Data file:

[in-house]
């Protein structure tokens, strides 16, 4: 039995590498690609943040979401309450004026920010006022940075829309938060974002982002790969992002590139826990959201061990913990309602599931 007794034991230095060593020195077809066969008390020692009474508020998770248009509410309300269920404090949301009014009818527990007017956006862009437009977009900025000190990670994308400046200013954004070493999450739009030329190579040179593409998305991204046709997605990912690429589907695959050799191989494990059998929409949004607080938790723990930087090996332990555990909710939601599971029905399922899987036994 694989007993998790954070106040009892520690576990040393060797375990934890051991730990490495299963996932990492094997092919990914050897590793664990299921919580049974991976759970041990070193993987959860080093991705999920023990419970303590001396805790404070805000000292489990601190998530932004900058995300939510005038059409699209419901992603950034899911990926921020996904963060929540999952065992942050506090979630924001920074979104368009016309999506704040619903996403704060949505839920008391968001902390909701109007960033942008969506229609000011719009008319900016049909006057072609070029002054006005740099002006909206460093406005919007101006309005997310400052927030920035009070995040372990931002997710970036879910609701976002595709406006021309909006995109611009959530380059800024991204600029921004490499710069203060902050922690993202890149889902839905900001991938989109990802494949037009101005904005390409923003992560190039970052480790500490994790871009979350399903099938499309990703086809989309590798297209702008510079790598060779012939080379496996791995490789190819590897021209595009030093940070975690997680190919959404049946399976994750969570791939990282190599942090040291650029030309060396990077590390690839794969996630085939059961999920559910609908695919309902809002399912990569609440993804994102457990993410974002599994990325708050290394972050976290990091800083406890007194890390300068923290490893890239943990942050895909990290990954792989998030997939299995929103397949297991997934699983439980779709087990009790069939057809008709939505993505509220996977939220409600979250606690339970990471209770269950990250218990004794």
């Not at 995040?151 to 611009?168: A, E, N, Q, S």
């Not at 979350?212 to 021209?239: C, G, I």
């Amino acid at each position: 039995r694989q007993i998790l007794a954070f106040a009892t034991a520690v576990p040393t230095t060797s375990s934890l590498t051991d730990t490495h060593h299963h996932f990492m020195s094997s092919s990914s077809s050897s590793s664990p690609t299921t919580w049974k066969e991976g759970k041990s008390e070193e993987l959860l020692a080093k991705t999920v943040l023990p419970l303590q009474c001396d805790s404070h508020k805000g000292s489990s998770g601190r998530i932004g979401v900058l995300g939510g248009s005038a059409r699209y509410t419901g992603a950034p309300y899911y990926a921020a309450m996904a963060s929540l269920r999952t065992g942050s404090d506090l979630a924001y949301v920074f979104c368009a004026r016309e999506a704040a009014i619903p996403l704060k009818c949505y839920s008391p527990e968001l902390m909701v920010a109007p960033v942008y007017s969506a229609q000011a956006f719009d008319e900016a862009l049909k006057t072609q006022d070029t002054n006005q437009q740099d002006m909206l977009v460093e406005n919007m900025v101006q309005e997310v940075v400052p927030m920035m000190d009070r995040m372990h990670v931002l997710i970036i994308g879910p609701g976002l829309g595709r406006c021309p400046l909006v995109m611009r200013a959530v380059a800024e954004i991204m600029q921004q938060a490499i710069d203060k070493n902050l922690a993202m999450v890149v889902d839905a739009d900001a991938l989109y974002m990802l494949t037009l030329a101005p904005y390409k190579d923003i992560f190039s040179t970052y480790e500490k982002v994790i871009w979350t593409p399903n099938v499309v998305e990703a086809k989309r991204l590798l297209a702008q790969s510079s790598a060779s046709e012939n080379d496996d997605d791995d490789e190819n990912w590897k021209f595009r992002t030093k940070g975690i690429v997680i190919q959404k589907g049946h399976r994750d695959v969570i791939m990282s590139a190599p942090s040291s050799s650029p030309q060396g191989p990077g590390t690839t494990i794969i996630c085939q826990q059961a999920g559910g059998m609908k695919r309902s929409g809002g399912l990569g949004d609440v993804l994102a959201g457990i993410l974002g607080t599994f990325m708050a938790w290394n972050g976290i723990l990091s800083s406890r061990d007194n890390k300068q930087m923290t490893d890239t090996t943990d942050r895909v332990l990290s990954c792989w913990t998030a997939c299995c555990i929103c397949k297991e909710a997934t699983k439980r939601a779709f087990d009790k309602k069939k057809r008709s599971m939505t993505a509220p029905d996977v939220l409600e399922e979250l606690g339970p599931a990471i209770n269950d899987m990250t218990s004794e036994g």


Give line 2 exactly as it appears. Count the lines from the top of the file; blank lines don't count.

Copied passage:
């Protein structure tokens, strides 16, 4: 039995590498690609943040979401309450004026920010006022940075829309938060974002982002790969992002590139826990959201061990913990309602599931 007794034991230095060593020195077809066969008390020692009474508020998770248009509410309300269920404090949301009014009818527990007017956006862009437009977009900025000190990670994308400046200013954004070493999450739009030329190579040179593409998305991204046709997605990912690429589907695959050799191989494990059998929409949004607080938790723990930087090996332990555990909710939601599971029905399922899987036994 694989007993998790954070106040009892520690576990040393060797375990934890051991730990490495299963996932990492094997092919990914050897590793664990299921919580049974991976759970041990070193993987959860080093991705999920023990419970303590001396805790404070805000000292489990601190998530932004900058995300939510005038059409699209419901992603950034899911990926921020996904963060929540999952065992942050506090979630924001920074979104368009016309999506704040619903996403704060949505839920008391968001902390909701109007960033942008969506229609000011719009008319900016049909006057072609070029002054006005740099002006909206460093406005919007101006309005997310400052927030920035009070995040372990931002997710970036879910609701976002595709406006021309909006995109611009959530380059800024991204600029921004490499710069203060902050922690993202890149889902839905900001991938989109990802494949037009101005904005390409923003992560190039970052480790500490994790871009979350399903099938499309990703086809989309590798297209702008510079790598060779012939080379496996791995490789190819590897021209595009030093940070975690997680190919959404049946399976994750969570791939990282190599942090040291650029030309060396990077590390690839794969996630085939059961999920559910609908695919309902809002399912990569609440993804994102457990993410974002599994990325708050290394972050976290990091800083406890007194890390300068923290490893890239943990942050895909990290990954792989998030997939299995929103397949297991997934699983439980779709087990009790069939057809008709939505993505509220996977939220409600979250606690339970990471209770269950990250218990004794």